If you have workplace safety or health questions or concerns, contact MNOSHA Compliance at 651-284-5050 or osha.compliance@state.mn.us. More MNOSHA resources are available here: https://dli.mn.gov/business/workplace-safety-and-health/mnosha-compliance-novel-coronavirus-covid-19

The spread of the Coronavirus COVID-19 is a fast-changing and developing situation. Because there is still much we don’t know about the virus, hospitals and healthcare employers have a duty to protect patients and staff, determined by the precautionary principle, which “states that we should not wait until we know for sure that something is harmful before we take action to protect people’s health.”[1]

In addition, hospitals should take an all-hazards approach[2] to preparation rather than scrambling to react. An all-hazards approach considers the possibility of loss of utilities, mass influx of patients from a disaster, epidemic, or pandemic, among other emergent situations.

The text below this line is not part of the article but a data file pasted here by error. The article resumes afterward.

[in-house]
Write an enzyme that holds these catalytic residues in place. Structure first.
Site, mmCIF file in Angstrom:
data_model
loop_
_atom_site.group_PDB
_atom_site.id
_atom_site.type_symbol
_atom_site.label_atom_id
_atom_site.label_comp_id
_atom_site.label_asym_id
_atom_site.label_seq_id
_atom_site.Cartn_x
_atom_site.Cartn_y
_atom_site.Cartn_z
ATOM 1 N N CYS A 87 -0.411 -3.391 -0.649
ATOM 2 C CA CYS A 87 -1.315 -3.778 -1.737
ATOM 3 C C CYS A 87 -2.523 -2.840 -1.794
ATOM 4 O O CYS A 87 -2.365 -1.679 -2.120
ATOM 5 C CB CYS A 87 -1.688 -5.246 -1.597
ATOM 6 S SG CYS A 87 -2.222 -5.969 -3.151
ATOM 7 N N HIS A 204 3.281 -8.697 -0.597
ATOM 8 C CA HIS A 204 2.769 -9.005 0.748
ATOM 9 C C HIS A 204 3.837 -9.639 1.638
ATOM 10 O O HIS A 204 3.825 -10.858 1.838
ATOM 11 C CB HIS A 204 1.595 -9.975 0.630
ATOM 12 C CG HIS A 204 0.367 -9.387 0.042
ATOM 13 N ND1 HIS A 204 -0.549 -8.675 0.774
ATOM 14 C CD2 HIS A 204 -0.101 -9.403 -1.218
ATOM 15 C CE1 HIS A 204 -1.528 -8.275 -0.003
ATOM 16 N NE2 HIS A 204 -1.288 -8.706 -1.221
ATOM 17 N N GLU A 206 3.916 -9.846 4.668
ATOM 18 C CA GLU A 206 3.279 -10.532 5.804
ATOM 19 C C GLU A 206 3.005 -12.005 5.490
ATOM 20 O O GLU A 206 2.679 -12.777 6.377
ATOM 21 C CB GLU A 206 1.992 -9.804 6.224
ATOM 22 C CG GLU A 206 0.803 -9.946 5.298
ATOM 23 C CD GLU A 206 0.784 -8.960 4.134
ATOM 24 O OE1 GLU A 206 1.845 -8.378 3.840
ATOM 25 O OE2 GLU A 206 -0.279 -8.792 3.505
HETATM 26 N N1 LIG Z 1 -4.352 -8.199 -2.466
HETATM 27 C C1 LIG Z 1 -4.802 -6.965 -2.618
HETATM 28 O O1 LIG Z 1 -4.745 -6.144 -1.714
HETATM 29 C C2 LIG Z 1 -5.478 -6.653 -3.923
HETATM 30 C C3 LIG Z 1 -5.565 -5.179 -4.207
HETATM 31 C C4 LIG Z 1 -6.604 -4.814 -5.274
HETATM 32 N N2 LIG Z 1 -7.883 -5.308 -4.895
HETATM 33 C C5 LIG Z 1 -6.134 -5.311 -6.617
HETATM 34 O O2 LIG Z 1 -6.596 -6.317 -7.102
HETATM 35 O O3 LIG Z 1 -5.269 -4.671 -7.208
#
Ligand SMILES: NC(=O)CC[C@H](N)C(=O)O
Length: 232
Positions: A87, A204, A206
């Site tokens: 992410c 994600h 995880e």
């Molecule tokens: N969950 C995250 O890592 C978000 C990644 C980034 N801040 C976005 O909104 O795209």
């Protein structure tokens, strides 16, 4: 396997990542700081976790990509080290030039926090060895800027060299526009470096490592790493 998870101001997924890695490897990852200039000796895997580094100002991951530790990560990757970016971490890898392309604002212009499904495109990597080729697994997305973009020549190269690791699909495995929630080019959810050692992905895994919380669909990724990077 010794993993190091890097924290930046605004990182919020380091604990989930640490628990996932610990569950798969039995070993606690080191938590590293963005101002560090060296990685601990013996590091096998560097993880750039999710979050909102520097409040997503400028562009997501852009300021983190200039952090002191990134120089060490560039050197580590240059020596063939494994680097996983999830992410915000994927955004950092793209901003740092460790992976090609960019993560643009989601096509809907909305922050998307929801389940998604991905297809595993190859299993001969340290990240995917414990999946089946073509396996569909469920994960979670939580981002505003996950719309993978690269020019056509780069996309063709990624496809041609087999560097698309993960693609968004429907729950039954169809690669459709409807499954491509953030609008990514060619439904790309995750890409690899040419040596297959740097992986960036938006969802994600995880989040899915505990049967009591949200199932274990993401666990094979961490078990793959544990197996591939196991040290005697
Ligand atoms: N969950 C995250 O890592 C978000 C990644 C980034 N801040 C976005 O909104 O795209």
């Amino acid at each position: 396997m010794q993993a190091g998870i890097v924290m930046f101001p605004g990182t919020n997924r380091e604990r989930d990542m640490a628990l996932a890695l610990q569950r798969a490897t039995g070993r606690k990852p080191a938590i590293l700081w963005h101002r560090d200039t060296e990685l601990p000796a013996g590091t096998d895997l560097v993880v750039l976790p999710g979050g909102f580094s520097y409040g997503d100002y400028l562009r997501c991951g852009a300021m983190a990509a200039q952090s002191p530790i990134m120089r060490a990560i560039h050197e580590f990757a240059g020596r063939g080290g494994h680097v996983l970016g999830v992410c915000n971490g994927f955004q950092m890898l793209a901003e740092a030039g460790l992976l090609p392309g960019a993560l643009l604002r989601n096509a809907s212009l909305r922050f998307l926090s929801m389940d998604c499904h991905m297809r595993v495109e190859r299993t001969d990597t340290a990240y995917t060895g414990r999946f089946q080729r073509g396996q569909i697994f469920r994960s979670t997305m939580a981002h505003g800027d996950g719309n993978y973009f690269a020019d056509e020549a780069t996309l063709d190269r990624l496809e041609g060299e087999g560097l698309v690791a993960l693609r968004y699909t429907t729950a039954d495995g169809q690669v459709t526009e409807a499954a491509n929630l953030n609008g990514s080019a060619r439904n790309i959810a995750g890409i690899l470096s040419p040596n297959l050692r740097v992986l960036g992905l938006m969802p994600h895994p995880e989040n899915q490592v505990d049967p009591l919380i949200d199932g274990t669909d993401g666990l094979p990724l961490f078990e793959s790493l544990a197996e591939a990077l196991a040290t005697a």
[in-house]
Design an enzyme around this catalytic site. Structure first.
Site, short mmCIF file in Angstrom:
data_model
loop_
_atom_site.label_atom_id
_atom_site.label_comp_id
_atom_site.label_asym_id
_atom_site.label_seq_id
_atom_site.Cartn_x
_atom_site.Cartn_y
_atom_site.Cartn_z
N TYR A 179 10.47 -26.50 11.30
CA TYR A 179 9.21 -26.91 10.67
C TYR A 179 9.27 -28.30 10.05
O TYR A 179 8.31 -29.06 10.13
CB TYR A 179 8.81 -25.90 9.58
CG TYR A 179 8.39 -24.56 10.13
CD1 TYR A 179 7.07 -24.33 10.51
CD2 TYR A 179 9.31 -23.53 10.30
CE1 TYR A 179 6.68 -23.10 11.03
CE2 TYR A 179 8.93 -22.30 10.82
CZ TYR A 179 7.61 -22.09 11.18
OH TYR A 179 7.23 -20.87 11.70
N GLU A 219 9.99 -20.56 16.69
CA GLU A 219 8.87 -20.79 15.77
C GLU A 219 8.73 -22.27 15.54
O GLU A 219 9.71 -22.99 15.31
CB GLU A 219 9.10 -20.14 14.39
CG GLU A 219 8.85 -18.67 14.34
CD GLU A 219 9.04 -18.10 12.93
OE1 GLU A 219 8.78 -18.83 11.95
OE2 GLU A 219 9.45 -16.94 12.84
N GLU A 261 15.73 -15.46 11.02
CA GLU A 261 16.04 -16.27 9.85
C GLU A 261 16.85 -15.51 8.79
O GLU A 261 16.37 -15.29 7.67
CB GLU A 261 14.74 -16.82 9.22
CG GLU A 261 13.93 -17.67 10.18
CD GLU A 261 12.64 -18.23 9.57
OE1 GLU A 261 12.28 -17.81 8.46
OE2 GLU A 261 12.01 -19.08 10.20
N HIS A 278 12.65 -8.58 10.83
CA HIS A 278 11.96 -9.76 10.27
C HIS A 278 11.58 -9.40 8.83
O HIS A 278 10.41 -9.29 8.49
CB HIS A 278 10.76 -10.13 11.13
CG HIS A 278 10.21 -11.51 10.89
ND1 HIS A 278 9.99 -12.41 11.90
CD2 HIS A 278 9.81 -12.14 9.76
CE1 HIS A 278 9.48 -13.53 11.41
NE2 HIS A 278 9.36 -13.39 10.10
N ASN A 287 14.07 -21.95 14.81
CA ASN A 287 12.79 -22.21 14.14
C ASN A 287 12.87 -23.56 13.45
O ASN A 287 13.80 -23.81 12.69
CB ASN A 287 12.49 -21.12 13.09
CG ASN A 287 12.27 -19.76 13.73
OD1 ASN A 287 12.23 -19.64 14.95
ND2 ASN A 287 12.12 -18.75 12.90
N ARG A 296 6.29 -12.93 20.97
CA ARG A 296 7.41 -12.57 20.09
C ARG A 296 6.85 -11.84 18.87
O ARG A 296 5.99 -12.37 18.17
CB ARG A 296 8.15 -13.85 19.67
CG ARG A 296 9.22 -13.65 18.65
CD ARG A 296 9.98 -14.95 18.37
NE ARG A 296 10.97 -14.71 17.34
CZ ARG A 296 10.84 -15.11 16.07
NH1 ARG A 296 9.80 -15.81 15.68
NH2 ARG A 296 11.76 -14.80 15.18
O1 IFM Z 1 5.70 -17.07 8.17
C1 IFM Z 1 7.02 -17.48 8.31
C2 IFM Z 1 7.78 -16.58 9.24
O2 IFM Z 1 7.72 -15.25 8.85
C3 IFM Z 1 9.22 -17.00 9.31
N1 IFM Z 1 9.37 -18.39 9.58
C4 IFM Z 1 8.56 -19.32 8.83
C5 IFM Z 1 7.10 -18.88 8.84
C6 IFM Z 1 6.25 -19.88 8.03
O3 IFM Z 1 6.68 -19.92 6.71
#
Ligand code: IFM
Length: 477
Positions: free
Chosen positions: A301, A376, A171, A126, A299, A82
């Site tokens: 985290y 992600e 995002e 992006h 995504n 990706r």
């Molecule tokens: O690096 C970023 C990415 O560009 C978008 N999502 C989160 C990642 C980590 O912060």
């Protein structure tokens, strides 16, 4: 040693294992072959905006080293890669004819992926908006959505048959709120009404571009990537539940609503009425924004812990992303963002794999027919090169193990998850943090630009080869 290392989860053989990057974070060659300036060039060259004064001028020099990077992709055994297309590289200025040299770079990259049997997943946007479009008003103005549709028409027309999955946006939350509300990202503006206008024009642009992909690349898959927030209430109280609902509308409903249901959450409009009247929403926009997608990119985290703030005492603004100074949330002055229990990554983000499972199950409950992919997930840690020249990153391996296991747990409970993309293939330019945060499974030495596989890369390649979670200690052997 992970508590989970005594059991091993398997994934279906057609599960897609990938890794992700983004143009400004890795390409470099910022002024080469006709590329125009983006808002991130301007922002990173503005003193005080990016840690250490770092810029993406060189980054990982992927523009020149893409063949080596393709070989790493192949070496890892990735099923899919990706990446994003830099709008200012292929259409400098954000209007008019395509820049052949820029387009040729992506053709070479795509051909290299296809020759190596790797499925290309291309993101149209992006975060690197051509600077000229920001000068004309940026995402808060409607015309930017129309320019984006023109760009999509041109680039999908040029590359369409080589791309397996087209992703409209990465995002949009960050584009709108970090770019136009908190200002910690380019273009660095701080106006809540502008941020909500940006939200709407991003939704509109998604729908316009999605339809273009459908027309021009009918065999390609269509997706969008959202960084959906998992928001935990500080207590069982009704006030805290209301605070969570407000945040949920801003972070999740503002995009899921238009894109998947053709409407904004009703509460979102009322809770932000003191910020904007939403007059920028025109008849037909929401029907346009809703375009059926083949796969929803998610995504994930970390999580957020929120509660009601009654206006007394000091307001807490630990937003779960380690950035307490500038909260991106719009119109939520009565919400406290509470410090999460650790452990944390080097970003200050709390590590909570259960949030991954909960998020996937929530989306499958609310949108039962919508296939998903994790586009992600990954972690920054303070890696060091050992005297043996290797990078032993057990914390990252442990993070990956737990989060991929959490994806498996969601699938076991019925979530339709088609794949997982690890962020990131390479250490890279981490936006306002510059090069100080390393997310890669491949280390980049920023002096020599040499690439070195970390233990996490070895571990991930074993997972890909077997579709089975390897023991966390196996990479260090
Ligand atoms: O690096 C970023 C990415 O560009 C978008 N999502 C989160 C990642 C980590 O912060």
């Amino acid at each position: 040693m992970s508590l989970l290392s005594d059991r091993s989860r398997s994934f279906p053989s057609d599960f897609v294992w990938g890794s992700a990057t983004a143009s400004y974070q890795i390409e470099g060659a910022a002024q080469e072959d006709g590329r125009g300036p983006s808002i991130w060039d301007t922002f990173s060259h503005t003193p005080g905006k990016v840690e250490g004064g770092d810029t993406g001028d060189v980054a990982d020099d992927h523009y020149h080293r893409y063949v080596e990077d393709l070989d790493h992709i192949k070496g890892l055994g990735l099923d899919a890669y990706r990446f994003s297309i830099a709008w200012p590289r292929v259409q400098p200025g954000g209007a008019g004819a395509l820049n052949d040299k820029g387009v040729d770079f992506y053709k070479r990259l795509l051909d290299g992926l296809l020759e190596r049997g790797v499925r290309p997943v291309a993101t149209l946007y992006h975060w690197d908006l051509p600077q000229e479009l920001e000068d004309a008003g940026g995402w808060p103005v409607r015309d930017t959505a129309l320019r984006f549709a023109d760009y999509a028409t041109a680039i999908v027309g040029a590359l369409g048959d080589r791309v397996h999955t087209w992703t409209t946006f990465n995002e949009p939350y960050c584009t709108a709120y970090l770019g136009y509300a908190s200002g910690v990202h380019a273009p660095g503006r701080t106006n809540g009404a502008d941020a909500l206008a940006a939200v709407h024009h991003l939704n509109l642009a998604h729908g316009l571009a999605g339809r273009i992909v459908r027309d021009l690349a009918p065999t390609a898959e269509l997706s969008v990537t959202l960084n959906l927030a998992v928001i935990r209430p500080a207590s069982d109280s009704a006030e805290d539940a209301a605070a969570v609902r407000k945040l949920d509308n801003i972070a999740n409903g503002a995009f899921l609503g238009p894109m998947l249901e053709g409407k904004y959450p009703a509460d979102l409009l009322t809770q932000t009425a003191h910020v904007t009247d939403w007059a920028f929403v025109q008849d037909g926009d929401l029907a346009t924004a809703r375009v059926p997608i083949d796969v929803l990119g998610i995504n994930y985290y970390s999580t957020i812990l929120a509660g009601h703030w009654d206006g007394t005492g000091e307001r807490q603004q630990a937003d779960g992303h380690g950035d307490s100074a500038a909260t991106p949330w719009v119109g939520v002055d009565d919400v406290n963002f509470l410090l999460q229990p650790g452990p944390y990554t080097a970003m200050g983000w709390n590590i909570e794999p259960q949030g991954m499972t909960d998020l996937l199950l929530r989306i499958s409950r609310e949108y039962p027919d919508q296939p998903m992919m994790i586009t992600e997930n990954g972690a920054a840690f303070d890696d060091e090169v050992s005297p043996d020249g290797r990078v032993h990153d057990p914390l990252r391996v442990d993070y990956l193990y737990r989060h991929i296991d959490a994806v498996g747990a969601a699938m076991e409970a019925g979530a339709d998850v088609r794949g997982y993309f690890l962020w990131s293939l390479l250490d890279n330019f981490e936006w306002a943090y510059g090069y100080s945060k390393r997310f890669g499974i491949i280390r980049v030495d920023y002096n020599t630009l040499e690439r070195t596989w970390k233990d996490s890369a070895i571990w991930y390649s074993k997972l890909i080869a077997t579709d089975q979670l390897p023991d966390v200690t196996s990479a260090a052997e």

MNA has advocated for the protection of healthcare workers in the recent past when the threat of infectious disease has made it necessary to enact plans to respond to specific threats. These have included SARS, MeRs, H1N1, EVD, and now, COVID-19.

We have requested information from all of our represented healthcare facilities regarding COVID-19 preparedness and response. Member leaders and staff will discuss what needs to happen at their facility. This could include: bargaining, meeting in labor-management committees, health and safety committees, infection control committees, nursing practice and care delivery committees.

We are participating in weekly calls with the Minnesota Department of Health regarding COVID-19. These calls include nursing homes, health care coalitions, regional public health departments, tribal health services, emergency medical services, counties and schools in Minnesota, North Dakota, South Dakota and Wisconsin as well as representatives from hospitals and health systems.

MNA has encouraged state legislative leaders and committees to pass legislation like SF 3813, which would appropriate millions of dollars to the public health response contingency account in order to respond to an outbreak of the virus as quickly and completely as possible.